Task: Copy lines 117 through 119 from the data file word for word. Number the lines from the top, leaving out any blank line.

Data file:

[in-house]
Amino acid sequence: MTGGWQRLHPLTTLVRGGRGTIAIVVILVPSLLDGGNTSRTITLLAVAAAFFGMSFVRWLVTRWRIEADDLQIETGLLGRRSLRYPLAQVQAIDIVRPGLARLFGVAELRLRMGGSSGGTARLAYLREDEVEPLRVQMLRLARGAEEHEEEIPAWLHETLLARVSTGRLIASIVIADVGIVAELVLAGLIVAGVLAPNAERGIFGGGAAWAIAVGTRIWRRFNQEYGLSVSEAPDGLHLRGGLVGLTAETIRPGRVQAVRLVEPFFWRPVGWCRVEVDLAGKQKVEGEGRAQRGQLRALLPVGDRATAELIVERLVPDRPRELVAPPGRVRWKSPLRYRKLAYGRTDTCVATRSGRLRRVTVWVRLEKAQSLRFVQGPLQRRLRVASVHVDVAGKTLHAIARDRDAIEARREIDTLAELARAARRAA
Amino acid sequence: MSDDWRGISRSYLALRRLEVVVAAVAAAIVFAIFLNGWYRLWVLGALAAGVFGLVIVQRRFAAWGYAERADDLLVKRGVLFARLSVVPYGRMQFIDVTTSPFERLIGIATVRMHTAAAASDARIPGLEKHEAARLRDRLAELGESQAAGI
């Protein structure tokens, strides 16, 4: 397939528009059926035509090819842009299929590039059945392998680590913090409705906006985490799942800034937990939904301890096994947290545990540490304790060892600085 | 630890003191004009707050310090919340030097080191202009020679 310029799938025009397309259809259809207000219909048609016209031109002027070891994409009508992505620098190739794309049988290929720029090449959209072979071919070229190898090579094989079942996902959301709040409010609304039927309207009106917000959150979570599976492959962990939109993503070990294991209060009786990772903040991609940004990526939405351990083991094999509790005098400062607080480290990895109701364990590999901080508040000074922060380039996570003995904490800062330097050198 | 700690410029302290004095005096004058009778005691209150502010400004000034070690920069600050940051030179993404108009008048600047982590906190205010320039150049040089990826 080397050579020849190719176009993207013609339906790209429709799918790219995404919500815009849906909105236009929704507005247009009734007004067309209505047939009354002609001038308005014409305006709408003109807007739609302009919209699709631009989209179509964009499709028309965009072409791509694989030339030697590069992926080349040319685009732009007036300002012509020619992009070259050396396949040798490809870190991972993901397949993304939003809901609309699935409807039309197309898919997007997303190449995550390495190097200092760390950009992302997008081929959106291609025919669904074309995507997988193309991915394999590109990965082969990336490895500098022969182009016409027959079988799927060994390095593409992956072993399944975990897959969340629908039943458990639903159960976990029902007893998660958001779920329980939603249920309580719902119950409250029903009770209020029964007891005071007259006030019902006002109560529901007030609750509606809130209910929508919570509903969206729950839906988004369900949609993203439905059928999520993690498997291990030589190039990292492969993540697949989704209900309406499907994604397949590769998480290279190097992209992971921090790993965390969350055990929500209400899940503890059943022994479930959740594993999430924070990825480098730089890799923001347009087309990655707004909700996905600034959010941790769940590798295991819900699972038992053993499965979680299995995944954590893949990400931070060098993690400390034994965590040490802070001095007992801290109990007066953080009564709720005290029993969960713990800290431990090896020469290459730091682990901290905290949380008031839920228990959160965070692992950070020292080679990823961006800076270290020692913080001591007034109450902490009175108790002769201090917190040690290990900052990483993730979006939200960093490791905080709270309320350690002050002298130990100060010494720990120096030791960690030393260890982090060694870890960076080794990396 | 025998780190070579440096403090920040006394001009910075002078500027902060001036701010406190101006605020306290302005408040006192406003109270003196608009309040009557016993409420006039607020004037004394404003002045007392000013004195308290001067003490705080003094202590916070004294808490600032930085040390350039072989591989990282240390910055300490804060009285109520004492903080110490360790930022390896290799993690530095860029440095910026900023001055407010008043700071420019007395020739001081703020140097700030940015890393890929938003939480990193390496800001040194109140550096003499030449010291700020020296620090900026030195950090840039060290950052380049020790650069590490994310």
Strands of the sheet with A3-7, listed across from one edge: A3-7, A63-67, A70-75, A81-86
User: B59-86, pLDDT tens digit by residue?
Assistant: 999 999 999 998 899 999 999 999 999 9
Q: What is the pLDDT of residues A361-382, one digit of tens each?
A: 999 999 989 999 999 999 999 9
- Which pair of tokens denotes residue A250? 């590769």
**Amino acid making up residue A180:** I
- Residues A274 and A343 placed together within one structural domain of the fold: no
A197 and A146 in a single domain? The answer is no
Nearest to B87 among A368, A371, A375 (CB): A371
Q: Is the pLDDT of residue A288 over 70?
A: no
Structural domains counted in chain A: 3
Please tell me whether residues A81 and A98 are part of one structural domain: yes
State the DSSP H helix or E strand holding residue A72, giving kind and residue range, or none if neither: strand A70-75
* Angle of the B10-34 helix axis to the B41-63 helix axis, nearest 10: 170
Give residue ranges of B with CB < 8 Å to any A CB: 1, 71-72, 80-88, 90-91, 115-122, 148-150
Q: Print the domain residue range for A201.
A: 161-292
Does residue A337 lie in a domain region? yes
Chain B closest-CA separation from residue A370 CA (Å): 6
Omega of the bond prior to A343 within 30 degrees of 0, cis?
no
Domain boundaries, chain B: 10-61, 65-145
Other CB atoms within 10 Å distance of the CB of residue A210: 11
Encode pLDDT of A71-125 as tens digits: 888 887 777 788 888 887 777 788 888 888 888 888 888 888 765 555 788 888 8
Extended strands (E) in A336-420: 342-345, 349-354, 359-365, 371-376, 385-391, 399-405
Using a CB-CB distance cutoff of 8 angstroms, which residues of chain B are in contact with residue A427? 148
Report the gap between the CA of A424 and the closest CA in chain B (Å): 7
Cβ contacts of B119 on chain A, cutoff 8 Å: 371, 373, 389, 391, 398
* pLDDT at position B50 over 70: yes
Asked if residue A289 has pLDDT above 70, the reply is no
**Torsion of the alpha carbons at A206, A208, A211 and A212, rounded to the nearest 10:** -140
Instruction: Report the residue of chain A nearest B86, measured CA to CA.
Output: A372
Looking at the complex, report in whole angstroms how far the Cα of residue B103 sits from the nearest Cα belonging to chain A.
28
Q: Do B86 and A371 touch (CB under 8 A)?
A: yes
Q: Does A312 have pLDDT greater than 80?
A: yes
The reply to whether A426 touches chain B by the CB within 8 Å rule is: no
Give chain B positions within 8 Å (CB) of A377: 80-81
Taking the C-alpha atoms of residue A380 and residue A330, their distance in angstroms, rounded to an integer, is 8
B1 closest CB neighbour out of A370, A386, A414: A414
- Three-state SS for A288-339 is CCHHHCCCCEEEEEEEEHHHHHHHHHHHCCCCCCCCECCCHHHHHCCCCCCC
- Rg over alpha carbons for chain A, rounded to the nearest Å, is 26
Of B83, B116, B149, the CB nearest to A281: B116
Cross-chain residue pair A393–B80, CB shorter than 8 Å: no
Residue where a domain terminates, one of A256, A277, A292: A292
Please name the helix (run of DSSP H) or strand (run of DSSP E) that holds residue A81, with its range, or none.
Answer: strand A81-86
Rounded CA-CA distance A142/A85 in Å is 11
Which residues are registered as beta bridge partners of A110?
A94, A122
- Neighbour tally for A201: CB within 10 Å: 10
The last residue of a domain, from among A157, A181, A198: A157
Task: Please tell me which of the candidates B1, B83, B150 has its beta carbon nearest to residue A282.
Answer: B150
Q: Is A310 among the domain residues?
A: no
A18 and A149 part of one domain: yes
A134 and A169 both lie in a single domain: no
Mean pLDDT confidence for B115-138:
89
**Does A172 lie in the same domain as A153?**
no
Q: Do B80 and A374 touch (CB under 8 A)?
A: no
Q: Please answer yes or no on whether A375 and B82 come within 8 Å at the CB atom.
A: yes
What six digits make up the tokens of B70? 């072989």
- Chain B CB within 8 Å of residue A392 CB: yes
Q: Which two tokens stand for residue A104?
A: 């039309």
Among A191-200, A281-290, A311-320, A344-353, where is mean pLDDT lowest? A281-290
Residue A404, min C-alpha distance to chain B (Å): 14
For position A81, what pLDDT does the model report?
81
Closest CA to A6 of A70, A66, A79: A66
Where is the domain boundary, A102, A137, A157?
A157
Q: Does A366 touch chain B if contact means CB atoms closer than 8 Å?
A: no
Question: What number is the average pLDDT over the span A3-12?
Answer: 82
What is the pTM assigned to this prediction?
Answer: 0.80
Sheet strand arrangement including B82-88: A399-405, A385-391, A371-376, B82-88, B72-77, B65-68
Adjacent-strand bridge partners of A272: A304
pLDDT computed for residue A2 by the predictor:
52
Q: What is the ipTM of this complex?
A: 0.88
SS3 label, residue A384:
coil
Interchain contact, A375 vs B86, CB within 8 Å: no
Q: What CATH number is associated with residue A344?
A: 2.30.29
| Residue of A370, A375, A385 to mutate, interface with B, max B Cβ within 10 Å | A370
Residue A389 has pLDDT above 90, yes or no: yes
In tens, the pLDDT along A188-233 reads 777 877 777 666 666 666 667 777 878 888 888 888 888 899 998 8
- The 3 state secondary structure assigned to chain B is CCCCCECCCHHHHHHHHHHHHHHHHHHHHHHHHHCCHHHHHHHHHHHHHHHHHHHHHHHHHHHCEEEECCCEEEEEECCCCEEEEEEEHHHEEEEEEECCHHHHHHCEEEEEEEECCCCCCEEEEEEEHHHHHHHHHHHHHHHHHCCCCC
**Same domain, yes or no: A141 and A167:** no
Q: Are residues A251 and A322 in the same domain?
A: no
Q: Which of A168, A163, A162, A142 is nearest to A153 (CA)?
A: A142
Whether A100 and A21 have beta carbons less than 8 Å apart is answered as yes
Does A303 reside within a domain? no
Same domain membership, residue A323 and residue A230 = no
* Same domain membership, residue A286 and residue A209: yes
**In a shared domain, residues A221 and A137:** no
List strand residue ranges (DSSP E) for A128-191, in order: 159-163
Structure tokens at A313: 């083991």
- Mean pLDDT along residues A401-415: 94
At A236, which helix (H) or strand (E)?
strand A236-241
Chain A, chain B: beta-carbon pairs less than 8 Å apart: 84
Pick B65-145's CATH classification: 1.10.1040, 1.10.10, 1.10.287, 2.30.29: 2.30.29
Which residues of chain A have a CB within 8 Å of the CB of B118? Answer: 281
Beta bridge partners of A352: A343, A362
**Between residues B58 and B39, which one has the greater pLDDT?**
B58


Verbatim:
**In a shared domain, residues A221 and A137:** no
List strand residue ranges (DSSP E) for A128-191, in order: 159-163
Structure tokens at A313: 């083991």